8:30 AM  
Blogger Mark Terry said...

I'm willing to admit that my crystal ball is cloudy on this subject and, in fact, that the part of me that periodically gets paid to write market research reports and analyze and report and predict market trends finds that many of the people who are shouting the loudest and most confidently on the subject also seem to have the most to protect without necessarily presenting the whole data picture. It's fine to present 20 or 50 or even 150 self-pubbed authors making lots of money, but Smashwords just sent me an email today indicating they had "published" 6000 novels in the last month! So even 150 successful e-book authors represents a minuscule fraction of e-book authors.

10:04 AM  
Blogger Natasha Fondren said...

Pseudie has old stuff with not-so-great covers, from way back when e-publishing was new. Since those old books suck, I've told my publisher that I love the covers, and there's no need to update them. I don't want a reader's first experience of me to be those books! LOL! I'm hoping readers will just select the good-cover books.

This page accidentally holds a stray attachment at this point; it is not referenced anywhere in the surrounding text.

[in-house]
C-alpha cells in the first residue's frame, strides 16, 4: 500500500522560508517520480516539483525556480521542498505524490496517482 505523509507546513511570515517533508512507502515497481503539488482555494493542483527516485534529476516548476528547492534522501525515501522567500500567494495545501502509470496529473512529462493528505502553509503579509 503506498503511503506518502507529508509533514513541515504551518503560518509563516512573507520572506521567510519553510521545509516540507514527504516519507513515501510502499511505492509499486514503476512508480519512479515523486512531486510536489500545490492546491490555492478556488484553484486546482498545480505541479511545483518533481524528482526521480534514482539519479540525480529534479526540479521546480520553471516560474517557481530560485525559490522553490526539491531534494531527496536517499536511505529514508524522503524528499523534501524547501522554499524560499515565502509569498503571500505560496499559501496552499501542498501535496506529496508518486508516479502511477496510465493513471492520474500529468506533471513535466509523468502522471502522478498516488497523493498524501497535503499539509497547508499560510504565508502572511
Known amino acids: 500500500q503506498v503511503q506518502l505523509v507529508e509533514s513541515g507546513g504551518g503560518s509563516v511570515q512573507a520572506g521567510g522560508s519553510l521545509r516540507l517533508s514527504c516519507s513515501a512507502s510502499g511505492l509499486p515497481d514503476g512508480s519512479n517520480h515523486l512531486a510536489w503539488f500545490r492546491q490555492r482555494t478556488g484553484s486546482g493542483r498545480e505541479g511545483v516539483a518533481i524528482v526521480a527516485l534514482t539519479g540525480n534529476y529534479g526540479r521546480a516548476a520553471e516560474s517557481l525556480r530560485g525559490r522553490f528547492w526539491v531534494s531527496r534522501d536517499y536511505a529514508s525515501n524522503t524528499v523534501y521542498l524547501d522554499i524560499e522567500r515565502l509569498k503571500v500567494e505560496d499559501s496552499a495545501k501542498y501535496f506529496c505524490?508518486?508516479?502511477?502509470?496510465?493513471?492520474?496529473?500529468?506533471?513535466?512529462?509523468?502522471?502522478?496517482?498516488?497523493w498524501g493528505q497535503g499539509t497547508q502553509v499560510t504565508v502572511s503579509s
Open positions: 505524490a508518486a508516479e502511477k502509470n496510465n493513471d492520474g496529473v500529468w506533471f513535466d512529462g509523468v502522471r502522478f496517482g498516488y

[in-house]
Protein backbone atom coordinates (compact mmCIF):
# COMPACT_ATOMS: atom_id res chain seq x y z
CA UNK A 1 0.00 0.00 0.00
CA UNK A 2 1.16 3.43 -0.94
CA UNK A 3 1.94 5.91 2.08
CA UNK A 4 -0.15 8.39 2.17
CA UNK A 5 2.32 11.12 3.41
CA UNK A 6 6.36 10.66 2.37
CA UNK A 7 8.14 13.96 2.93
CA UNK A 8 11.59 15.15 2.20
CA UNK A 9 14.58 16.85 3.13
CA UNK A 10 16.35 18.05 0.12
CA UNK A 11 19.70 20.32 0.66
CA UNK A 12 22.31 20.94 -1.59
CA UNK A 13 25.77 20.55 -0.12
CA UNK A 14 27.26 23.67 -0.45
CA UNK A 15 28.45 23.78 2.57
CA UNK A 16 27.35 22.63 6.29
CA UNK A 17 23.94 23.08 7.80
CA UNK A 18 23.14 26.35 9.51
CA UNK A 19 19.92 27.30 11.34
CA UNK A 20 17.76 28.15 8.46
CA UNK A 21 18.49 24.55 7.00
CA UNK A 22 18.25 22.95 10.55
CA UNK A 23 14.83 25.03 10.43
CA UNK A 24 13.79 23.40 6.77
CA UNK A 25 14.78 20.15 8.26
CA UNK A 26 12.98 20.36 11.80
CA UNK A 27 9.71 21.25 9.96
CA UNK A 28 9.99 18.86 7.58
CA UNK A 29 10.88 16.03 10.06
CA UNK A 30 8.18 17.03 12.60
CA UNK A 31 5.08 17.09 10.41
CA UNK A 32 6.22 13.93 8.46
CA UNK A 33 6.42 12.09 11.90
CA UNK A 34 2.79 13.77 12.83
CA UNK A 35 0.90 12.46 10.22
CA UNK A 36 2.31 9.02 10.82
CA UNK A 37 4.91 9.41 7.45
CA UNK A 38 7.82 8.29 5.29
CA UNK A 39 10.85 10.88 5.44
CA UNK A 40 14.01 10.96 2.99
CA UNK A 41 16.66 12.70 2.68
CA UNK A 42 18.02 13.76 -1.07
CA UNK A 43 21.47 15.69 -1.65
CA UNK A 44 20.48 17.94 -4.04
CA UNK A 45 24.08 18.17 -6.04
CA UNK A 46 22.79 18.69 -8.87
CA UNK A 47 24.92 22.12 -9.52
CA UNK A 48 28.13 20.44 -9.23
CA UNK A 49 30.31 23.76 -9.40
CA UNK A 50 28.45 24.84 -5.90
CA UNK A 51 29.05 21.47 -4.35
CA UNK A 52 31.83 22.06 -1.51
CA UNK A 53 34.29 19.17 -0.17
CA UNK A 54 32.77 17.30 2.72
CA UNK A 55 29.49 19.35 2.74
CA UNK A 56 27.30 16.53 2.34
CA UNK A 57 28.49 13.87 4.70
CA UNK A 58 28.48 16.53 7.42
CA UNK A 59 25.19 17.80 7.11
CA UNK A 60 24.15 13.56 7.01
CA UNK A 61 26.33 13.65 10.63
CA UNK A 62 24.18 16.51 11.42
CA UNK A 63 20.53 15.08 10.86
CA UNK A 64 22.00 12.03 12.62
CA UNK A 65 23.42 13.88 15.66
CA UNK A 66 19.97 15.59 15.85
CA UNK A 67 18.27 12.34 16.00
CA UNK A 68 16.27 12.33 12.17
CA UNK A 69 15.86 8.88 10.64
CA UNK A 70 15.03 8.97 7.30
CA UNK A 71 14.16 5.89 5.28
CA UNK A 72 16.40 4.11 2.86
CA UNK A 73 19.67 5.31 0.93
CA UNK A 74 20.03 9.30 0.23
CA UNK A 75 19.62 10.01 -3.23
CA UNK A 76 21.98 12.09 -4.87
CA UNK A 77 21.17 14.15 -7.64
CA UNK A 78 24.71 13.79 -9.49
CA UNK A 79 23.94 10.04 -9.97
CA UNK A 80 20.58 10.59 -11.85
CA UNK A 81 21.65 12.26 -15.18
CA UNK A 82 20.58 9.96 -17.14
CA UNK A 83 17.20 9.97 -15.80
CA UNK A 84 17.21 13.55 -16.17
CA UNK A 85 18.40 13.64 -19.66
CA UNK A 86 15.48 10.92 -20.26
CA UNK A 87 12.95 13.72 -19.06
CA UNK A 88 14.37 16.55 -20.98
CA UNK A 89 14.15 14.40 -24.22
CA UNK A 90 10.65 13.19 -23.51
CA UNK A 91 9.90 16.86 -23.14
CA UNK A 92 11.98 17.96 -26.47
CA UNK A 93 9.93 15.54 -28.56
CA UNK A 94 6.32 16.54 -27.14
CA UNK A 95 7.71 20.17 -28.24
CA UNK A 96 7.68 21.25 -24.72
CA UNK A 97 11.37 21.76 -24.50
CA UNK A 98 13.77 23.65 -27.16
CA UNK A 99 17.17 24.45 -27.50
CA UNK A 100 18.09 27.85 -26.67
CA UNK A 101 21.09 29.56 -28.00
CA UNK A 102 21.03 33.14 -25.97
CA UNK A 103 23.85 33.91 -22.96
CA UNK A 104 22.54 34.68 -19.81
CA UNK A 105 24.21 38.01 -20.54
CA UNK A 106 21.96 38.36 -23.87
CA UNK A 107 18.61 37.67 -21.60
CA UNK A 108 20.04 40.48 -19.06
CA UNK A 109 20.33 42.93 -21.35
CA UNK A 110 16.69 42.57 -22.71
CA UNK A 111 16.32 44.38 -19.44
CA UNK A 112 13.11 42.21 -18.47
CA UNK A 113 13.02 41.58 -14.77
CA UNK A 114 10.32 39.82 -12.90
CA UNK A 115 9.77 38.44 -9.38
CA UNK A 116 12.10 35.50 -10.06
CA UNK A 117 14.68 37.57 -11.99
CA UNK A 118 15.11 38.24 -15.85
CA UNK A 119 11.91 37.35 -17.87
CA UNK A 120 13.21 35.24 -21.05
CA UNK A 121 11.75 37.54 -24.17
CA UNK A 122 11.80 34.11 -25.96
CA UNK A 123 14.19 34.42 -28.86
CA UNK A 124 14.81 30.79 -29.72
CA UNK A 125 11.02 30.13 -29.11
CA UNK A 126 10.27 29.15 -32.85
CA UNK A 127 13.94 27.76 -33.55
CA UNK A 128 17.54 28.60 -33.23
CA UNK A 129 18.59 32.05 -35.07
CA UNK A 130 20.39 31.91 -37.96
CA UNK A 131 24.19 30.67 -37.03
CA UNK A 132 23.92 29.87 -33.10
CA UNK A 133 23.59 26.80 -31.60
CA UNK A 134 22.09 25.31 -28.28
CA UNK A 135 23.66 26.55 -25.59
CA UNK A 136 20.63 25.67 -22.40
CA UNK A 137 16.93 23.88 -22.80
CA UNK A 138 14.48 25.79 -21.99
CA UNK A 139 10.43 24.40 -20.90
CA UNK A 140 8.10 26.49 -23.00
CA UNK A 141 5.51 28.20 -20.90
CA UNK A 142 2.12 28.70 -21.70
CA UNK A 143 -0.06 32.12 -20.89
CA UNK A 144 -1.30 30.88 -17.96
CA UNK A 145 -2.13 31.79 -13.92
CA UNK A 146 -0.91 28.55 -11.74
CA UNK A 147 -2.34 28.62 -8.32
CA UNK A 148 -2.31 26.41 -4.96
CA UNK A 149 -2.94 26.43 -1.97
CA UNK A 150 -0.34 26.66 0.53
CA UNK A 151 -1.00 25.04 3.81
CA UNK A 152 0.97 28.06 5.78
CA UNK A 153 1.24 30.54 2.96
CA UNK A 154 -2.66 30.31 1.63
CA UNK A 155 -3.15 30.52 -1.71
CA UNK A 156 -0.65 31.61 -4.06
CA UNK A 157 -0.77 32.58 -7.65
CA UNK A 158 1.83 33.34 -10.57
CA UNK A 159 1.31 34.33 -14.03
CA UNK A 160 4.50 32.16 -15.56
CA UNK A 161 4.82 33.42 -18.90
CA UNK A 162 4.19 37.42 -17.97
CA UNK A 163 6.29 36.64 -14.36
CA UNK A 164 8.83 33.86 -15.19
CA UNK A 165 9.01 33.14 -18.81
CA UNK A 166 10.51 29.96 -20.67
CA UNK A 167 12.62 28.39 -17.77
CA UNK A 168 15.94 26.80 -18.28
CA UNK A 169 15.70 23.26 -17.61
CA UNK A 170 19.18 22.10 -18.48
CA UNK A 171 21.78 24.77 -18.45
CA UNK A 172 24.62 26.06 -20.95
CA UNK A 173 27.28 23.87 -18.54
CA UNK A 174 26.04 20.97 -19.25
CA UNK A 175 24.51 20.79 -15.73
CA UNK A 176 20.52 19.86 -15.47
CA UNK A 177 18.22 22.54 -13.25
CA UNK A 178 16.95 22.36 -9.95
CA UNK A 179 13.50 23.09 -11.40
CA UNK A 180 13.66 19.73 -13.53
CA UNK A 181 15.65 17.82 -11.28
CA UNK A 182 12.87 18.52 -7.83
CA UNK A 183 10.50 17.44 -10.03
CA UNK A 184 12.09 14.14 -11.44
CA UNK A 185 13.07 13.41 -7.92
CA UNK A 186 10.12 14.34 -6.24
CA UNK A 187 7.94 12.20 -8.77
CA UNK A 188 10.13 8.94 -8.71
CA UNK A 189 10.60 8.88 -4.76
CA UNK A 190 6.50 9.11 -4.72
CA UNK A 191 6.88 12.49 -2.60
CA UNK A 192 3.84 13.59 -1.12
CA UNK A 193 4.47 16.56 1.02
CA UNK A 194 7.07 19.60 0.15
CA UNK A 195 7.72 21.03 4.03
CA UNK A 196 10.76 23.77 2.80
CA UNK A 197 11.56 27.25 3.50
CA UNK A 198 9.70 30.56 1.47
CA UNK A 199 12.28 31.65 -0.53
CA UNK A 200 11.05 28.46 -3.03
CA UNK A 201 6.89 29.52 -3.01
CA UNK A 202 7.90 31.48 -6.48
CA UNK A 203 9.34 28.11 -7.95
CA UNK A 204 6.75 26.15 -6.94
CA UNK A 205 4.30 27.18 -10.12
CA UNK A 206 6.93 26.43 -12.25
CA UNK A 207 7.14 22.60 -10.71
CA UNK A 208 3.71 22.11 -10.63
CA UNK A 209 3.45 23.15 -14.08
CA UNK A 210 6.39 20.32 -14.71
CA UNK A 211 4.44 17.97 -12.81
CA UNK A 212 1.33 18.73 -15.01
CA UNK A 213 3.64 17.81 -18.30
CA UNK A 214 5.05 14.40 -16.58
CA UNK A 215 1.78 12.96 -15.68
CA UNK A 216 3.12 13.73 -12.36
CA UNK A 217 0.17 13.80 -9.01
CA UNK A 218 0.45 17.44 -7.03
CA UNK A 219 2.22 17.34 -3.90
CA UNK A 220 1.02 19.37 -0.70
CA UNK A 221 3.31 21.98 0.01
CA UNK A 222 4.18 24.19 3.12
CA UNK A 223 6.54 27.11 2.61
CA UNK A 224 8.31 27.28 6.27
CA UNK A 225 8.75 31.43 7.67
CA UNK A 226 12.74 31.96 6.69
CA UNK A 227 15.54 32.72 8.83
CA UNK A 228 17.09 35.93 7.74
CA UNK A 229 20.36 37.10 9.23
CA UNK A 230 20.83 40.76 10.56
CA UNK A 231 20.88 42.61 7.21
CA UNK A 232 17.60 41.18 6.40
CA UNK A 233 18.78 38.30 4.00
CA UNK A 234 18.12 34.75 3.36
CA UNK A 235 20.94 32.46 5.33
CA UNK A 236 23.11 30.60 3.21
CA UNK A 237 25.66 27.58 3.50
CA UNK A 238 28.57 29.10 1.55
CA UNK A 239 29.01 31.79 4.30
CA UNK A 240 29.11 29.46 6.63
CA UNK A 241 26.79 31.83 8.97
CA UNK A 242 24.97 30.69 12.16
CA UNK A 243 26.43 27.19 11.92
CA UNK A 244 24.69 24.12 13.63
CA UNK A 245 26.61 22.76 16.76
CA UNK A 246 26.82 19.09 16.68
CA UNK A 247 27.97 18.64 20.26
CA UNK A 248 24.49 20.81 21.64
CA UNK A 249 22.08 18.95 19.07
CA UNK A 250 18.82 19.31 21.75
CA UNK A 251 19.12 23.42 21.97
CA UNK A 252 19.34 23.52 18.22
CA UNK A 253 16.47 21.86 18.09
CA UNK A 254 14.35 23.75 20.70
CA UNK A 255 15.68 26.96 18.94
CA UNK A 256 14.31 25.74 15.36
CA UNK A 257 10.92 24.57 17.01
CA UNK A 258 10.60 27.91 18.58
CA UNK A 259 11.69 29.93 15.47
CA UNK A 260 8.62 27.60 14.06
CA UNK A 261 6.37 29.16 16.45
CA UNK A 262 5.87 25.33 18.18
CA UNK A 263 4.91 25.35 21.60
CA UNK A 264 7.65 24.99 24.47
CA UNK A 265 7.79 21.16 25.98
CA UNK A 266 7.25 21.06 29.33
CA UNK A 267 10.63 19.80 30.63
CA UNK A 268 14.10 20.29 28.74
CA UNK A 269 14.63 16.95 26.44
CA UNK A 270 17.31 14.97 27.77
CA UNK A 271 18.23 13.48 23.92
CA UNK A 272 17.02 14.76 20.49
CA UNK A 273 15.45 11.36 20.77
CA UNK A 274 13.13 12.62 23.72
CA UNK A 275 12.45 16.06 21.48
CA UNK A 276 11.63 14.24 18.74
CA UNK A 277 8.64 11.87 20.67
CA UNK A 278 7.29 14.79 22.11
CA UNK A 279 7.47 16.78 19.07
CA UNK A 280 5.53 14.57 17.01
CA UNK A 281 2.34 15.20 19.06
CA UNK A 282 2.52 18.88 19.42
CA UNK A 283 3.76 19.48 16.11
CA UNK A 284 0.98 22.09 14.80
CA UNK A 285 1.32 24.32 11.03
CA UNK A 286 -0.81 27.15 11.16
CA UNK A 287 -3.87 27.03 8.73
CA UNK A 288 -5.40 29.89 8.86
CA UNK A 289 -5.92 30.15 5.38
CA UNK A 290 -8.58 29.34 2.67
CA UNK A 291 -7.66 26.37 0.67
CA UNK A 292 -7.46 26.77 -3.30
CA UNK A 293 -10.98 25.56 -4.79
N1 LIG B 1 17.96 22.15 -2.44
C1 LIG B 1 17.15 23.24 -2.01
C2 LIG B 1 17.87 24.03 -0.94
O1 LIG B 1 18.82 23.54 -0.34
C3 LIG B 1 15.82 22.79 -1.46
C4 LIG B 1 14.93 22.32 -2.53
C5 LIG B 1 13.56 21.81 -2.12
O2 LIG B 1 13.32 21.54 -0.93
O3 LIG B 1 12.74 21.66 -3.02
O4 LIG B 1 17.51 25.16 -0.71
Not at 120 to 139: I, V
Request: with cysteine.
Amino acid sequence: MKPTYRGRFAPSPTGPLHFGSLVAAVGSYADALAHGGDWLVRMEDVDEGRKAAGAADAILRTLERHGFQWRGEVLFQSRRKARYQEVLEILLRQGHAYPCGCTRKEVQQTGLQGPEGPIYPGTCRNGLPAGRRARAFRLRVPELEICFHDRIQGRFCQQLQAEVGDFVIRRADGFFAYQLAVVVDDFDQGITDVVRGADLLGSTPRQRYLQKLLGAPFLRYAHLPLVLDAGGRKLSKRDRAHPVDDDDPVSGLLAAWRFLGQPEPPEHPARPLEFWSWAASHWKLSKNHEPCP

2:38 PM  
Blogger Mark Terry said...

I don't like all my covers, actually, and someday will probably replace a couple of them, but these things cost money and it's hard for me to justify it at the moment. And I've been thinking a lot about what my time should be worth, so if I'm spending 1/8th of my business time on something that's only responsible for about 1/80th of my income (or less, considering expenses), then maybe I should re-evaluate. If it's really, really enjoyable, okay, but if I think it's a headache or irritating me, re-evaluate.

6:49 PM  
Blogger Robert Carraher said...